Let Talent Bloom

Let Talent Bloom

Cultivate innovation by moving high-potential employees around, up, and even out of your IT organization.

INNOVATION. It's the latest, I've been hearing it everywhere: at a recent vendor conference, at my weekly staff meeting. I've read about it in CIO. The vendors, my staff and the media aren't wrong. Innovation is imperative to every IT department. But if innovation is to be more than just a buzzword within our organizations, we need to manage our IT organizations in a way that encourages the growth and mobility of our employees.

You see, people are what really matter in this equation. People create innovation, and not just on certain days of the week or in designated brainstorming sessions. In order to ensure that an IT organization is bringing innovative solutions to bear on business problems and opportunities, you must pay close attention to the talent that is flowing into, up, and even out of the technology group. A stagnant IT organization is incapable of producing fresh ideas. You need a constant infusion of new blood and the perspective that comes from having new experiences, even if that means accepting turnover among your staff and challenging those who remain by pushing them into unfamiliar roles.

The CIO is responsible for setting the creative tone of the organization. I have found three ways to foster mobility within an IT organization in order to encourage a culture of innovation.

Accept Attrition

I once worked at a company where attrition was almost nonexistent. Rather than a sign that the company was a great place to work, it was an indication of stagnation. Within the IT organization, the response to any new idea typically was: "But we've always done it this way."

One thing I learned from this experience is that moderate attrition invites a healthy flow of external talent into an organization. In an environment where innovation is encouraged, attrition is not something leaders are terrified of, because it opens doors for fresh ideas and new perspectives.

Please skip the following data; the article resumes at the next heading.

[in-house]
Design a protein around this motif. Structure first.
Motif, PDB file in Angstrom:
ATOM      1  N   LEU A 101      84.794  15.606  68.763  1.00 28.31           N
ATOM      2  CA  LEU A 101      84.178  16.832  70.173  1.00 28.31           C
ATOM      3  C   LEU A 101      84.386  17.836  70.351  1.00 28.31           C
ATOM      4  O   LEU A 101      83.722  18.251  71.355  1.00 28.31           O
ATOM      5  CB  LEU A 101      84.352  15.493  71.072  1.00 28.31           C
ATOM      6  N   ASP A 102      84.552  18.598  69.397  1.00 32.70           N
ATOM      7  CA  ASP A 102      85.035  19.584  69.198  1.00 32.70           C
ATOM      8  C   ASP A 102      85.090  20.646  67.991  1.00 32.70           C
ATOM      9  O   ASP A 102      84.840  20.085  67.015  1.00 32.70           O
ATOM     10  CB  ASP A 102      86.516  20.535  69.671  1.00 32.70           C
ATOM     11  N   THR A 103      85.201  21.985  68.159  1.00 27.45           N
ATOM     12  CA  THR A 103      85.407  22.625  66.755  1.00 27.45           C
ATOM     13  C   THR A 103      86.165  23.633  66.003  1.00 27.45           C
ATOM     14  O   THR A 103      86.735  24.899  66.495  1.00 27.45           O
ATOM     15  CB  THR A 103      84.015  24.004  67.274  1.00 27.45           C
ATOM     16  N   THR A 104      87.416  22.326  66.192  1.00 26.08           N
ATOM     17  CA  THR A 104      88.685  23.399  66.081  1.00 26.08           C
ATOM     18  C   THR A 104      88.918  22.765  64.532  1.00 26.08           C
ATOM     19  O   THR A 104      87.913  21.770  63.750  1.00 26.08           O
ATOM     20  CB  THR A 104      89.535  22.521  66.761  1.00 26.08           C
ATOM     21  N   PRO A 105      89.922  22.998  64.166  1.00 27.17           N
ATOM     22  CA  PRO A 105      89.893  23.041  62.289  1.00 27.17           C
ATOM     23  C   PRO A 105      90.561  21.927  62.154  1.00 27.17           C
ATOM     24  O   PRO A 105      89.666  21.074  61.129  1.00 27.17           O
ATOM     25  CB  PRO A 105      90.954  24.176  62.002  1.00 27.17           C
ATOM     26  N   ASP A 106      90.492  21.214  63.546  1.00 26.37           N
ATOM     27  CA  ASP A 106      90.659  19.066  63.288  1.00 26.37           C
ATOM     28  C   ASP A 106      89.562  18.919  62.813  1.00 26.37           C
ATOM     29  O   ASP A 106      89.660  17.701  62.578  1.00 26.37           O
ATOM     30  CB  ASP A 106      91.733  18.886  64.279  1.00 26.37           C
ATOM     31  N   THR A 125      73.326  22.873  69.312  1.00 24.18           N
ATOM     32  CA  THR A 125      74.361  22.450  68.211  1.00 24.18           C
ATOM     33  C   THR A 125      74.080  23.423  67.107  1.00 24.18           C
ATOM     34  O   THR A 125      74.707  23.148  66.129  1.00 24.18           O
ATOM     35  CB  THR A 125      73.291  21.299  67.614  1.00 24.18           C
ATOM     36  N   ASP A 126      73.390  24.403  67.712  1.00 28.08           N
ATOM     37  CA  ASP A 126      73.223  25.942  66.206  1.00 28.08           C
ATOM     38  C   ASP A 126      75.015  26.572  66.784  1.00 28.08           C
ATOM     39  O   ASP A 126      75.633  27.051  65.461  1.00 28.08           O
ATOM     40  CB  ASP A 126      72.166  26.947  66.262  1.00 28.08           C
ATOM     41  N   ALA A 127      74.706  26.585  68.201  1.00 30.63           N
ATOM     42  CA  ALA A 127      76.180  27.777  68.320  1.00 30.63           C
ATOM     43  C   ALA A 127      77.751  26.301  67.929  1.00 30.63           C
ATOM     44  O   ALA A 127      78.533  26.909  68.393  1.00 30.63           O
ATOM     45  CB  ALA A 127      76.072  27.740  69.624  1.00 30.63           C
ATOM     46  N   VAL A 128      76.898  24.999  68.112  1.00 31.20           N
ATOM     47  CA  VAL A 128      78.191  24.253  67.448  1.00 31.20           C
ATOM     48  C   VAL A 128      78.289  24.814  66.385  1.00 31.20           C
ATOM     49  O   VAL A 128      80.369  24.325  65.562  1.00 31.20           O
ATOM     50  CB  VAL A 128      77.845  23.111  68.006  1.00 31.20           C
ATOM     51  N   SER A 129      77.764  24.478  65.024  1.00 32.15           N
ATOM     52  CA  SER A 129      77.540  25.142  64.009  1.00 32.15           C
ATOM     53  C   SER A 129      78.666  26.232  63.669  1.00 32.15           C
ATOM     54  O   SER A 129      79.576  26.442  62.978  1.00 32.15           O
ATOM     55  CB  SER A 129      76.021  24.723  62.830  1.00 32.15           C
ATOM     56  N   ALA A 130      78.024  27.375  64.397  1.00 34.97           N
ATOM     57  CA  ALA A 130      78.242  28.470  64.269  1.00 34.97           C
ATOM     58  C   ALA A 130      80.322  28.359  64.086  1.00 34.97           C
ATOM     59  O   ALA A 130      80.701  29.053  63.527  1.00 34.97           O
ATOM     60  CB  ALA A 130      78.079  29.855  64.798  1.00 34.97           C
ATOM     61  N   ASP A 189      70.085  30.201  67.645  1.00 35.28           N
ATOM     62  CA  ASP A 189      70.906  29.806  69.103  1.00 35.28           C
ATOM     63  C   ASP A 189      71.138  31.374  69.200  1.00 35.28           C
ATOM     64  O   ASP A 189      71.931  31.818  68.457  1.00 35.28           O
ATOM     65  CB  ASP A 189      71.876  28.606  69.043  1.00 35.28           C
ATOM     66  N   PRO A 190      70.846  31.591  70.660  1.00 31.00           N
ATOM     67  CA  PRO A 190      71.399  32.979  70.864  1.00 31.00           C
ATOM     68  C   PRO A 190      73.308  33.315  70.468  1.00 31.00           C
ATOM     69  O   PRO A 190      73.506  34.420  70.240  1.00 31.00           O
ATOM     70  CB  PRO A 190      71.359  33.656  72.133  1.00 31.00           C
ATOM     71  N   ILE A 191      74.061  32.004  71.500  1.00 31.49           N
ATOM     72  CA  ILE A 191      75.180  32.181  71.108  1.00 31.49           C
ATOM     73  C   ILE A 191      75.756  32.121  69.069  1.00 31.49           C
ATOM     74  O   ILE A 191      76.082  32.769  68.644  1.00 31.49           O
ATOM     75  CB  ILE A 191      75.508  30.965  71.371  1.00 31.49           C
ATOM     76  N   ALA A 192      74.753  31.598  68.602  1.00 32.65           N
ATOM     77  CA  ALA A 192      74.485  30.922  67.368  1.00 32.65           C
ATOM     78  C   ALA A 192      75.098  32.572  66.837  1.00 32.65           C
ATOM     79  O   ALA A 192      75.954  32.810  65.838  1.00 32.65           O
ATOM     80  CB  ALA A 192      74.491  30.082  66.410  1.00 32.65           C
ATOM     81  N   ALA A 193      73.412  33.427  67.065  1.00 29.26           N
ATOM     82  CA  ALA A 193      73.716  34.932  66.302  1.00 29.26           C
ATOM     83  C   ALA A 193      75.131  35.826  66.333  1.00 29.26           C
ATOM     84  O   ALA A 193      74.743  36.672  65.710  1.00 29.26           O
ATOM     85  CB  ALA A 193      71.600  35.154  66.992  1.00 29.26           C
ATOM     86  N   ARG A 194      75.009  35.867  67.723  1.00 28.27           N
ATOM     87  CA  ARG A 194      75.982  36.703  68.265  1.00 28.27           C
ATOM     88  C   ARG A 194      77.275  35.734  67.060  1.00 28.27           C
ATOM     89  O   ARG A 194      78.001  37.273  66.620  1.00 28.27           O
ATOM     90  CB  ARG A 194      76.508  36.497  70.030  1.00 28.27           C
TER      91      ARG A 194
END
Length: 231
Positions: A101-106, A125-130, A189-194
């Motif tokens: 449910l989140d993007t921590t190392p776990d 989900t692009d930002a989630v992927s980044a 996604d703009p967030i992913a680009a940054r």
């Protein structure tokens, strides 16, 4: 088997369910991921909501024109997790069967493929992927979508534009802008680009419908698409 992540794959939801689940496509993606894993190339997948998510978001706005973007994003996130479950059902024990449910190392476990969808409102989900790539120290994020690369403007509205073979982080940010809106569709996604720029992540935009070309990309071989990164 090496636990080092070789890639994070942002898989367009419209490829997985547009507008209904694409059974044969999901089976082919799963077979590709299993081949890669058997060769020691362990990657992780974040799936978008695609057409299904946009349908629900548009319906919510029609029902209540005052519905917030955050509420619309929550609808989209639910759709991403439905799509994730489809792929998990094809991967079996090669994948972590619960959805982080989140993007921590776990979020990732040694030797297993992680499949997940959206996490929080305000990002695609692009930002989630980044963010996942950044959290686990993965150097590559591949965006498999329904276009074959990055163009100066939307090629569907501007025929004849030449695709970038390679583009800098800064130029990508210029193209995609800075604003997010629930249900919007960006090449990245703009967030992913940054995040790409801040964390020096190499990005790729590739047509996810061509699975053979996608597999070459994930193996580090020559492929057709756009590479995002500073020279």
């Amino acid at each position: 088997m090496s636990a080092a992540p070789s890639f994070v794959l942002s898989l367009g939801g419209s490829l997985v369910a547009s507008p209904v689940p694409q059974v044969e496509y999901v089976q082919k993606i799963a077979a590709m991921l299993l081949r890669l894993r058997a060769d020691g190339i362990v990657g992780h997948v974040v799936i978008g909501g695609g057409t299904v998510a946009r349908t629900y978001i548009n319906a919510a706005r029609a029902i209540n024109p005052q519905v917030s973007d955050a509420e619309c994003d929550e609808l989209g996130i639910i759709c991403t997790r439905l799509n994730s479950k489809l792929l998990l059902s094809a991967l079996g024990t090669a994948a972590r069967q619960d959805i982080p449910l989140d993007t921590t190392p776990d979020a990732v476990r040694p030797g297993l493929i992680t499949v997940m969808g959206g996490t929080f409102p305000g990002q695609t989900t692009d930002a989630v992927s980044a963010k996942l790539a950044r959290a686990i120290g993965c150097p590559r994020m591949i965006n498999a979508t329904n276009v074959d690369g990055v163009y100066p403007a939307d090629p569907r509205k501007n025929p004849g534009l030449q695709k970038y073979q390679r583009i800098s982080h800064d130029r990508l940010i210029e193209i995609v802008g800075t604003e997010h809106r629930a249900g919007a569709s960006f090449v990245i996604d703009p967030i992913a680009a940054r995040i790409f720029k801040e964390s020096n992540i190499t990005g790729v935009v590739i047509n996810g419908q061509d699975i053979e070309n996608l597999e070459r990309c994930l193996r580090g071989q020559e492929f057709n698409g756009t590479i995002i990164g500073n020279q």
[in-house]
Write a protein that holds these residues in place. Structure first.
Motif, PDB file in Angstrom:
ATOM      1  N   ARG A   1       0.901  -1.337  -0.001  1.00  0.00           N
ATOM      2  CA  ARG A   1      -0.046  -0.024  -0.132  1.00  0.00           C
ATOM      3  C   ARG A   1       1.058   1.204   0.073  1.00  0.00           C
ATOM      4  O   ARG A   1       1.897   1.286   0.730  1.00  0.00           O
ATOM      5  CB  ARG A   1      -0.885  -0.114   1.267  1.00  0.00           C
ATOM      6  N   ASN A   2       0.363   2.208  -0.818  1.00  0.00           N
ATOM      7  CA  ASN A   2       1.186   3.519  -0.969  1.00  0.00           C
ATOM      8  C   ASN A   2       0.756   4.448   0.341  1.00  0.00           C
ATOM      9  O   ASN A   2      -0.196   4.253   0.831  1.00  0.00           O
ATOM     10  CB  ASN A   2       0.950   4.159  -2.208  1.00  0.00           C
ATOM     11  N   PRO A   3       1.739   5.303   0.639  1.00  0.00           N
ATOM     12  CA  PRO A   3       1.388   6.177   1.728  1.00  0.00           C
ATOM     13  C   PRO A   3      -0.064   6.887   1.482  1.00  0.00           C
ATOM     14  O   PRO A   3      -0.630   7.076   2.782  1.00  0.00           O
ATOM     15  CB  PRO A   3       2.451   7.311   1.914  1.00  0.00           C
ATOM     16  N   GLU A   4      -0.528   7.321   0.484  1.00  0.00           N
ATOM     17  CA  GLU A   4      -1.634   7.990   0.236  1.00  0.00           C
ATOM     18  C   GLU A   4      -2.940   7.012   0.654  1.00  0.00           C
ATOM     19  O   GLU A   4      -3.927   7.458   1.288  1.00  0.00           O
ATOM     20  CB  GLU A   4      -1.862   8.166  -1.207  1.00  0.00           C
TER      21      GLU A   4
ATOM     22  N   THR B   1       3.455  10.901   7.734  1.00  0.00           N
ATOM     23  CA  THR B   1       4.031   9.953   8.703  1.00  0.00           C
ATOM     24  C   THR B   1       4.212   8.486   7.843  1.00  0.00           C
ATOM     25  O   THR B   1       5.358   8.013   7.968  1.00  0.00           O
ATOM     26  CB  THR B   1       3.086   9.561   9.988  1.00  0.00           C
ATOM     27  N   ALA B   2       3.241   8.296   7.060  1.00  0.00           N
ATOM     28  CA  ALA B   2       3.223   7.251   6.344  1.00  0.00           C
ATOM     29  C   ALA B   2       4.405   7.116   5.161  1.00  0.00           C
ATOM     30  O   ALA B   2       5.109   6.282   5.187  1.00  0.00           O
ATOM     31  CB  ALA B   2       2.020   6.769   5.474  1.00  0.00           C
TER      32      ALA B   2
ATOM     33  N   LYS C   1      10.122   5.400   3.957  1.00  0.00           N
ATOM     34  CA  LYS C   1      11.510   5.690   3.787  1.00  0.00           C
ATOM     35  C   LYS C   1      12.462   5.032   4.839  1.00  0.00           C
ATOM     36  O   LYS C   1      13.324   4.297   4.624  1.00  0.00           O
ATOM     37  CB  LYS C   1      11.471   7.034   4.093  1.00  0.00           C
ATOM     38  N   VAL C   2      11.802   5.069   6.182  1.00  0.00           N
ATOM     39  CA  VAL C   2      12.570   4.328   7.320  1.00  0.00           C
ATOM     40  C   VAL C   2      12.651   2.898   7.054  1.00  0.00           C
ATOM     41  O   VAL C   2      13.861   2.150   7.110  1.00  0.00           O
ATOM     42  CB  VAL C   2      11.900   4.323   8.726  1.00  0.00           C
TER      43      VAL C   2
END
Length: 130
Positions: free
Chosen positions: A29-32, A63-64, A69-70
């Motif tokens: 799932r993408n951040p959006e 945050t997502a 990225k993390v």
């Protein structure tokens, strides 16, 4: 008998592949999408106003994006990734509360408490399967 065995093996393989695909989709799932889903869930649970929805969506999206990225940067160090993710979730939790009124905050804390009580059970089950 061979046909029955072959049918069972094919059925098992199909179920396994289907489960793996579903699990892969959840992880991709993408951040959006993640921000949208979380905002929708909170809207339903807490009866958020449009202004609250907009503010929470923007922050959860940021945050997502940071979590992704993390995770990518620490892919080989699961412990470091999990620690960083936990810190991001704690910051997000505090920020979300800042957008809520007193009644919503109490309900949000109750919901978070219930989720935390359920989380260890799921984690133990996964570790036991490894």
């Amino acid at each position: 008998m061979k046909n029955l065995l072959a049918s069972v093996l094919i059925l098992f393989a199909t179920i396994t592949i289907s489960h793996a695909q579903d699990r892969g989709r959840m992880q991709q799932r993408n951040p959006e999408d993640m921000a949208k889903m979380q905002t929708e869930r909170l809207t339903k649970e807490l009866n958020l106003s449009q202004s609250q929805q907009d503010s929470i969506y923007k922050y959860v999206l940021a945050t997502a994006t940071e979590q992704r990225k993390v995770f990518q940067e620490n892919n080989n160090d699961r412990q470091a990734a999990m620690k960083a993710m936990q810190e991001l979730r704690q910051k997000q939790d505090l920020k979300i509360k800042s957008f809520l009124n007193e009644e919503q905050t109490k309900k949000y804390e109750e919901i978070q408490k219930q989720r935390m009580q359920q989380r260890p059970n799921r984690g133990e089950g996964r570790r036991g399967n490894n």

Of course, no one wants to lose good people. But letting them go can have unanticipated benefits. Others may emerge from their shadows to achieve positive things that surprise management, their peers and sometimes even themselves.

You can use attrition to strengthen your organization by redefining any open positions. Consider hiring a recent university graduate skilled in the latest technology for a new position. Or give an existing employee the challenge of creating a new job. Both of these choices force employees to bring new and creative ideas forward, ultimately requiring them to be innovative.

Invest in Top Performers

Identify your top performers at multiple levels and decide which of these people could learn to perform equally well elsewhere, whether in another area of the IT department or another part of the company. The natural response to a new role is to take a fresh approach because you're not vested in the old way of doing things. And so, anytime you put talented people in new positions, they tend to change things for the better.

The only way this approach can be effective is to employ hands-on management of high-potential employees. At American Airlines, I require each project team to meet with me quarterly for a "deep dive" meeting during which we review costs, schedules and the overall health of the project. I expect all team members to attend these meetings, not just my direct reports. And I expect team members at all levels to be active participants.

If a junior team member speaks up to offer a suggestion about how to solve a problem that the team is encountering, I learn a lot about how that person thinks and what risks she is willing to take. At the end of each series of deep-dive sessions, I know not only how we are succeeding and where our challenges lie, I also have insight about the people in the organization.

With this information as a backdrop, I meet quarterly with my direct reports to evaluate our list of high-potential employees. Those who are creative, who are willing to take risks and who won't accept mediocrity will rise to the top. I expect my team to take detailed notes about these employees so that we can identify opportunities for their career advancement and for utilizing their unique problem-solving skills.

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